Calling my first marriage "toxic" is a huge understatement. My ex and I didn’t see eye-to-eye on, well, anything. The space between us was big, and the silence between us even bigger. For the most part, I learned to cope being married to a narcissist. It wasn’t easy, but it was doable. Then we had kids, and our toxic marriage started to impact them, too. You see, there are parenting choices you only make if your marriage is toxic. Unfortunately for us, this is something that I didn’t realize, until our marriage was well past it's expiration date.
Our relationship wasn't always toxic, though. The poison seeped in, slowly coloring our interactions. The first to go was communication. The silence between us was deafening. Some days we would go without talking at all. I learned that when you don’t communicate with your partner, it’s impossible to co-parent efficiently and affectively. We didn’t talk about the hard stuff, and we never really got on the same page about so many little things, either, which directly impacted our parenting. I found myself either making decisions completely on my own, which he would inevitably criticize, or letting him call the shots and parenting in ways that were not in line with my style.
Then he started spending more and more time away. He was rarely at home, and when he was he didn’t do a damn thing unless I left the house and he was forced to. I was pretty much a single parent long before I left, even though we were still living in the same house. We fought a lot, and even even though we never fought in front of our kids, they knew something was up. And I'm convinced my kids knew not just because kids are perceptive, but because living in a toxic marriage changed the way I parented them.
You Don't Ask For What You Need
When I was in a toxic marriage, self-care was nonexistent. I was so burnt out. Every time I left the house to do something for myself, like go for a run or take a solo-trip to the store, I would hear about it when I got home. It was if parenting his own kids was the hardest thing for my then-husband to accomplish. It sucked.
You Don't Parent The Way You Want To
My toxic ex-husband was so controlling. He had ways he did things and found it impossible to deviate from his plans. Enter children, who honestly couldn't care less about your plans and are impossible to control. So, my ex often ended up making decisions that made my life as a parent much harder. Things like buying a treat in exchange for being good at the store. I didn't want to parent this way, but he set the precedent, and it was easier to give in than face a tantrum-throwing toddler.
On the other hand, he would make idle threats to lock my daughter in her room or take away a treasured toy if she didn't behave. She was a little kid, and threatening her was only doing more harm than good. But, again, it was his way or the highway, and I wasn't able to parent the way I wanted to and the way I knew my children needed.
You Continue To Co-sleep
When things got really bad in our marriage I honestly grew to love my bed time routine with my kids, but I admit that it totally became a way to avoid sleeping with my husband. If my kids needed me to co-sleep with them, I had to do it, right? It wasn't my best decision-making, but it was my way of coping and avoiding an inevitable fight about our nonexistent sex life.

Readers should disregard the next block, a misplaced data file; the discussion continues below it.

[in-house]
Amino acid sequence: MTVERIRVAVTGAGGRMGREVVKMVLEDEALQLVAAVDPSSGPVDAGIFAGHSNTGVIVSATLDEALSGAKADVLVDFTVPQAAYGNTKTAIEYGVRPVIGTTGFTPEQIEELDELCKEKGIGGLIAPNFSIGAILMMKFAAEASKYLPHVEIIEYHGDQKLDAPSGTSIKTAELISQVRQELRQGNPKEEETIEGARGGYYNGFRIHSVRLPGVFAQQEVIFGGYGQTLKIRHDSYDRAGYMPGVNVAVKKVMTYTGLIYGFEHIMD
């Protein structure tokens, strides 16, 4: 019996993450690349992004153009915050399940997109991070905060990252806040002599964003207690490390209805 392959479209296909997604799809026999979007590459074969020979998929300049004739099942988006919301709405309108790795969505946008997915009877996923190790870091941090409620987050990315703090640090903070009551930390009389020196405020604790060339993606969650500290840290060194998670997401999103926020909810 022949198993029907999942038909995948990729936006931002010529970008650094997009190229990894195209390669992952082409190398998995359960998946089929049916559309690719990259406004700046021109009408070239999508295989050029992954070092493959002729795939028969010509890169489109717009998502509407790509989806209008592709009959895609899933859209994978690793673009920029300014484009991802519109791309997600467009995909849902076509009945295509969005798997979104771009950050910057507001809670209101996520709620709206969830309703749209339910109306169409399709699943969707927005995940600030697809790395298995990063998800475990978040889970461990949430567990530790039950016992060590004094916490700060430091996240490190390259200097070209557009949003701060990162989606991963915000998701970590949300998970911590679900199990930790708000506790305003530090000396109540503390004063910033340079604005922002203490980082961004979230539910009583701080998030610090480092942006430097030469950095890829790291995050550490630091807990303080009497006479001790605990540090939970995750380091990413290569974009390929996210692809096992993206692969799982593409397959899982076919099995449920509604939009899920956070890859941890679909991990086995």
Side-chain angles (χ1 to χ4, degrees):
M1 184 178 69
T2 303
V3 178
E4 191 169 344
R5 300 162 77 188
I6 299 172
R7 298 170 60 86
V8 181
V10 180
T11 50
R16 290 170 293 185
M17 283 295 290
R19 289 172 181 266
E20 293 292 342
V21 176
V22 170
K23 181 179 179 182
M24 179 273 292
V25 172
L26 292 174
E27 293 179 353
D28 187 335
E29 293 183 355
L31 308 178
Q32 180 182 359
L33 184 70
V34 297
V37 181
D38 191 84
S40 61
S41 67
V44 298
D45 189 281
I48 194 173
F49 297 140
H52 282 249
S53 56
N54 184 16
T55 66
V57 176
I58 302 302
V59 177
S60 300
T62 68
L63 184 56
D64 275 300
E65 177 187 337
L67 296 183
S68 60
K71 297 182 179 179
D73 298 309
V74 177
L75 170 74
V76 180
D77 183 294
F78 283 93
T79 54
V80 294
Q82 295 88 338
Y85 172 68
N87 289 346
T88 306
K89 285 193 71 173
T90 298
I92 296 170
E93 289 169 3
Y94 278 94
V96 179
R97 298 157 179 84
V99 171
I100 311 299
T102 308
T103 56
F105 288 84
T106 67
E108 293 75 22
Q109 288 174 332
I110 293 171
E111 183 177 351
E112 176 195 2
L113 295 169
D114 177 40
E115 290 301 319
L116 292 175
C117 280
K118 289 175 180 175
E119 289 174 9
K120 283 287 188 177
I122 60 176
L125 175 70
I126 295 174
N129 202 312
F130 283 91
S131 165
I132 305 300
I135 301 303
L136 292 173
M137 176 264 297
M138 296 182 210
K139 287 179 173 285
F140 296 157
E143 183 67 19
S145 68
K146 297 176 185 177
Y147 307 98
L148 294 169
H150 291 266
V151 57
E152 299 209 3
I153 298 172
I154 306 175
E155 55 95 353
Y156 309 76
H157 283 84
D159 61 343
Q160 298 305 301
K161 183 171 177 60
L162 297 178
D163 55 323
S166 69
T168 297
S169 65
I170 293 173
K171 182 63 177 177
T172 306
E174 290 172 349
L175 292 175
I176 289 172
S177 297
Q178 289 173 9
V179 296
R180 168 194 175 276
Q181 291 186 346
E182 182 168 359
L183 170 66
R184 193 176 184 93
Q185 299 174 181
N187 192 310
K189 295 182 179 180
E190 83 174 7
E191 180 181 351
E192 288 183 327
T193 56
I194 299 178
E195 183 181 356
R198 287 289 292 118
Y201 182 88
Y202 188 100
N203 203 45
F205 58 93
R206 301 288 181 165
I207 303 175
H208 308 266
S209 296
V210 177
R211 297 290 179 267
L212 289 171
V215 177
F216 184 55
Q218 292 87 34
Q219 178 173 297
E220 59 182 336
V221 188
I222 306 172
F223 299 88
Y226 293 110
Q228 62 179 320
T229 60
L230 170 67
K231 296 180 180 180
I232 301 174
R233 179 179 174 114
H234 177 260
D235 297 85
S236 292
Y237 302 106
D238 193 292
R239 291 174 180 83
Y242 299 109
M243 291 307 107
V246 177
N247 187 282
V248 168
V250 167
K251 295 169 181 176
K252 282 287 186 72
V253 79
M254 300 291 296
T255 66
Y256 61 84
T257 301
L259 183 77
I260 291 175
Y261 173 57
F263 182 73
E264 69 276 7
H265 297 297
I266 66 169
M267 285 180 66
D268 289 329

You Do Everything Yourself
When you have a toxic marriage, you start doing things on your own rather than talking about them beforehand and risking an inevitable argument. The last year of my toxic marriage was the worst, but on the bright side, I definitely learned how to be a single mom before I even thought about leaving my marriage. It's funny how single parenting two kids under 4 ended up being easier than parenting in a toxic marriage. I didn't have to face criticism, fight, or parent my co-parent anymore.
You Fix Your Partner's Parenting Mistakes
I spent so many days cleaning up for my now ex-husband, literally and figuratively. He would forget to pick up the kids from daycare, so I would rush out of the office to make it there just before they closed. I couldn't count on him to do much of anything regarding our children, and spent my days trying to make things work.
You Make Excuses For Your Partner
I made so many excuses for my partner. Whether it was my family members, my friends, or my coworkers, I always had something that could reason away his behavior. The worst, though, were the excuses I made to my daughter for "daddy's bad mood," and the promises that tomorrow would be better.
You Take Things Out On Your Kids
When your marriage is toxic, it starts impacting all parts of your life — even the way you treat your kids. You lose patience, your temper shortens, and you even yell at them,for things that are totally not their fault.
You Have Another Baby To "Fix Things"
I can say from experience that having another baby won't fix your toxic marriage. In fact, that's arguably the worst idea ever. Having a baby might make you feel good in the short term, but once the sleep deprivation kicks in, the excitement subsides, and your responsibilities double, everything is harder. Everything. And if you are shouldering much of the parenting load? Well, that everything is all on you.
You Stay Together For The Kids
So many people think that leaving your partner makes you a bad parent. So, they stay together "for their kids," when it's arguably the worst thing you can do for your children. Fortunately, when I figured that out I left, because my kids didn't deserve to be in that kind of an unhealthy environment. And, well, neither did I. It turns out that leaving my ex-husband was the best thing I could’ve ever done for my kids. I just wish I would have left sooner.
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